Benchmarking Amazon EC2 Instances vs. Various Intel/AMD CPUs
Given the recent performance changes following the Spectre/Meltdown CPU vulnerability mitigation and having just wrapped up some fresh CPU bare metal benchmarks as part of that testing as well as the recent AMD Raven Ridge launch, I've carried out a fresh round this week of benchmarks on various Amazon EC2 on-demand instance types compared to a number of bare metal Intel and AMD processors in looking at how the compute performance compares.
This fresh round of tests is largely for reference purposes for seeing how the current Amazon Elastic Compute Cloud instance types compare to bare metal processors/systems raw performance. Amazon continues to advertise the vCPUs and the ECU ratings for instance types while this is an easier way to gauge their on-demand cloud instances to current Intel/AMD processors.
Ubuntu 16.04 LTS HVM with all available stable release updates as of 18 February were used for testing, followed by a reboot, and then running an onslaught of benchmarks with the Phoronix Test Suite. All tests were done out of Amazon's US East (Ohio) data center.
A variety of general purpose and compute optimized instance types were tested for reference. Given most of the benchmarks used for this comparison were CPU focused, I didn't bother with the GPU/memory/storage optimized instances for this round of testing. In the days ahead I'll be extending this benchmarking with some additional data points from the other public cloud providers for a look at how the performance compares with the latest software stacks. Once Ubuntu 18.04 LTS is out in April will also be another large roundabout of public cloud benchmarks.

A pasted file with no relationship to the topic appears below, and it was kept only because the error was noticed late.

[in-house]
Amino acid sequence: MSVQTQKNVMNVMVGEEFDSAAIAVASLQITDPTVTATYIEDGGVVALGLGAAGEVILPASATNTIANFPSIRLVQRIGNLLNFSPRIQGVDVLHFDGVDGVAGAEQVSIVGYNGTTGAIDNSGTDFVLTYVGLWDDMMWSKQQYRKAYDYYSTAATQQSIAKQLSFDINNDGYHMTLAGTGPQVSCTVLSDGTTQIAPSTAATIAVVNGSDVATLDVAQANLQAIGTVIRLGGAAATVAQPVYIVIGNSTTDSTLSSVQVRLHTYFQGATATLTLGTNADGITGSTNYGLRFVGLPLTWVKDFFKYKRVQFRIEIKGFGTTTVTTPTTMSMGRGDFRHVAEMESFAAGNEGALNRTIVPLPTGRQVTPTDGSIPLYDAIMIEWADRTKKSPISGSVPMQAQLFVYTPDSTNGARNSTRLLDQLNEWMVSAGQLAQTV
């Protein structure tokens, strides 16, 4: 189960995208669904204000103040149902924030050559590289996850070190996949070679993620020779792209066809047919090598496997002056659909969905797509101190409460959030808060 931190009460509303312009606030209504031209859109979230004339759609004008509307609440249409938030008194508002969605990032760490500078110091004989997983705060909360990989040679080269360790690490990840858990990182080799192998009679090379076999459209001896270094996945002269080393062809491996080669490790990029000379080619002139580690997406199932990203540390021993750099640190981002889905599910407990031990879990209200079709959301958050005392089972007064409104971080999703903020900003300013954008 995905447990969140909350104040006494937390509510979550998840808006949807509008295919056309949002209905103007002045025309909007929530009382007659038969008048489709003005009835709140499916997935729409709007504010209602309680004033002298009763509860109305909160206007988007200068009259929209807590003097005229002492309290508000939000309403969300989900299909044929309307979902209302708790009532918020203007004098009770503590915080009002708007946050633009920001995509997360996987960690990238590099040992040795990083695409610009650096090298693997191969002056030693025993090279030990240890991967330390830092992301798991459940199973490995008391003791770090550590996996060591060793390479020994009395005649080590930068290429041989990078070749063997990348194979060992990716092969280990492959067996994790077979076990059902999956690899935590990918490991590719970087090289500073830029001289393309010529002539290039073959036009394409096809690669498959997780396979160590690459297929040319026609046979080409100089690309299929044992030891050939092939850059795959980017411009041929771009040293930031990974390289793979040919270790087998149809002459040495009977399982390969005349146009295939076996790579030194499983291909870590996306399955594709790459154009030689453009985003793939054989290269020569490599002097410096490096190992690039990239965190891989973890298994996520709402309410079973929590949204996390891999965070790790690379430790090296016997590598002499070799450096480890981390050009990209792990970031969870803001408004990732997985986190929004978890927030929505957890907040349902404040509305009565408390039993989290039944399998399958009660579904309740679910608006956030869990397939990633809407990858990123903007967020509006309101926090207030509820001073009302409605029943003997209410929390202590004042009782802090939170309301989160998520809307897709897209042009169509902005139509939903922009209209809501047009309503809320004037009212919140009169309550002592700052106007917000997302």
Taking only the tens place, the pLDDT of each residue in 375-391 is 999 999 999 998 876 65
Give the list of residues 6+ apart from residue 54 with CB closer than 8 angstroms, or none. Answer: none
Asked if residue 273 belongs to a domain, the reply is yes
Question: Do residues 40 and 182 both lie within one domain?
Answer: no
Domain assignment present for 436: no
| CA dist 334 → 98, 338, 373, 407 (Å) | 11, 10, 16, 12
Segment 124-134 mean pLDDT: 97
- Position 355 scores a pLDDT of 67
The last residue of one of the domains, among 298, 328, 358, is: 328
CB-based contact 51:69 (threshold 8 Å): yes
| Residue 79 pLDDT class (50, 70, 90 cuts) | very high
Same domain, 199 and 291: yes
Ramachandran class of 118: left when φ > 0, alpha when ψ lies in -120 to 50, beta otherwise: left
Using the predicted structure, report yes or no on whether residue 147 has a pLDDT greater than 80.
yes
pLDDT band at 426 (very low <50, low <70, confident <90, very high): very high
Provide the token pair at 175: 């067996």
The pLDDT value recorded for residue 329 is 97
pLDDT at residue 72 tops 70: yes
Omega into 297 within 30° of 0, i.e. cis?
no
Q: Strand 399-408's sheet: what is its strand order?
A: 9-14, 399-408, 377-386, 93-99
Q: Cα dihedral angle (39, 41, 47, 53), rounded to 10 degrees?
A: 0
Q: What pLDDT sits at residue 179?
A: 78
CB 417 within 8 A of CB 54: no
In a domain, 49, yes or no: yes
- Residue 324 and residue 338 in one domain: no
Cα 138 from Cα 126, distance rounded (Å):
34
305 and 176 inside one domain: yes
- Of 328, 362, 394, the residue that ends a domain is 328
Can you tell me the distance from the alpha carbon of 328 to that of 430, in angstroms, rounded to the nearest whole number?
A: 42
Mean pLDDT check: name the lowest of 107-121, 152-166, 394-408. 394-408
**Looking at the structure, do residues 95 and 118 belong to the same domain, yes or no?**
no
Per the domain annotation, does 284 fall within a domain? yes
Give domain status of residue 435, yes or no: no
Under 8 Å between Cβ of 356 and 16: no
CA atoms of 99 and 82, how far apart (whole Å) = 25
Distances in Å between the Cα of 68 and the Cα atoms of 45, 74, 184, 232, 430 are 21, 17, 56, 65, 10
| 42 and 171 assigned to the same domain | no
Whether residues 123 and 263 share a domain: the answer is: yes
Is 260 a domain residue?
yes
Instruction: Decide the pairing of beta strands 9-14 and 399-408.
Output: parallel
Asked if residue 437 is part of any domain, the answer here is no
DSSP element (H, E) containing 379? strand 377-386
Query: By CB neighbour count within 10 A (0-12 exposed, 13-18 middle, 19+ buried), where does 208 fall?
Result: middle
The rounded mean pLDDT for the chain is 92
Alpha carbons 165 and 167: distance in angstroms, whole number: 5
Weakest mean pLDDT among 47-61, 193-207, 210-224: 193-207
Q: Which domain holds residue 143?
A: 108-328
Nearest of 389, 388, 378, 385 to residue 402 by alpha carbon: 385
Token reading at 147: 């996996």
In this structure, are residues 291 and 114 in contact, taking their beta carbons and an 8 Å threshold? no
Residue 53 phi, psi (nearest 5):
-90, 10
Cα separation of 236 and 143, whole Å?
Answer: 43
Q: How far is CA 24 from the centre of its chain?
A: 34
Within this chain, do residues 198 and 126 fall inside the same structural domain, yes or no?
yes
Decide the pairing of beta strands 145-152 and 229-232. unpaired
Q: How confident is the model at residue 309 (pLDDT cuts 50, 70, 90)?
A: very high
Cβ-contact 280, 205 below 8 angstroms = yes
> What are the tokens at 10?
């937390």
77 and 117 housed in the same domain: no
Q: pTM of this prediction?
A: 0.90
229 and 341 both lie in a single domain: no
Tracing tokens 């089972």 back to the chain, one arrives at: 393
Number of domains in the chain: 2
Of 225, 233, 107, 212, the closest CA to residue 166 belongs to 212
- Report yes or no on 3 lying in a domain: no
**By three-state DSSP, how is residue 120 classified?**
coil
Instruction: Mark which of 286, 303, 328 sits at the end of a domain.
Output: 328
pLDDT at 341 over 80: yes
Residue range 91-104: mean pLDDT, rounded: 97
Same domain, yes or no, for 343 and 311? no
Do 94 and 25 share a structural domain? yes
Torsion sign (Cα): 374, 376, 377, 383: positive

Beyond looking at the raw performance, the Phoronix Test Suite also generated results looking at the value of each of these EC2 instance types based upon their on-demand instance pricing. Current pricing and instance details can be found at aws.amazon.com. The EC2 instance types tested for this article included the c4.8xlarge, c5.18xlarge, c5.9xlarge, m4.10xlarge, m4.16xlarge, m5.12xlarge, m5.4xlarge, m5.large, and t2.2xlarge as a diverse range of the general and compute optimized instances.
The bare metal Ubuntu processor performance benchmarks were from using on the AMD side: Ryzen 3 1200, Ryzen 3 1300X, Ryzen 3 2200G, Ryzen 5 2400G, Ryzen 7 1700, Ryzen 7 1800X, Threadripper 1950X, and EPYC 7601. On the Intel side were the Core i3 8100, Core i5 7600K, Core i5 8400, Core i7 4770K, Core i7 5960X, Core i7 7740X, Core i7 8700K, Core i9 7980XE, Xeon Silver 4108, and 2 x Xeon Gold 6138.
Thanks to the open-source benchmark automation and reproducibility focus of the Phoronix Test Suite, you can compare your own system(s) bare metal or cloud performance to these results by simply running phoronix-test-suite benchmark 1802206-FO-CLOUDCPU905.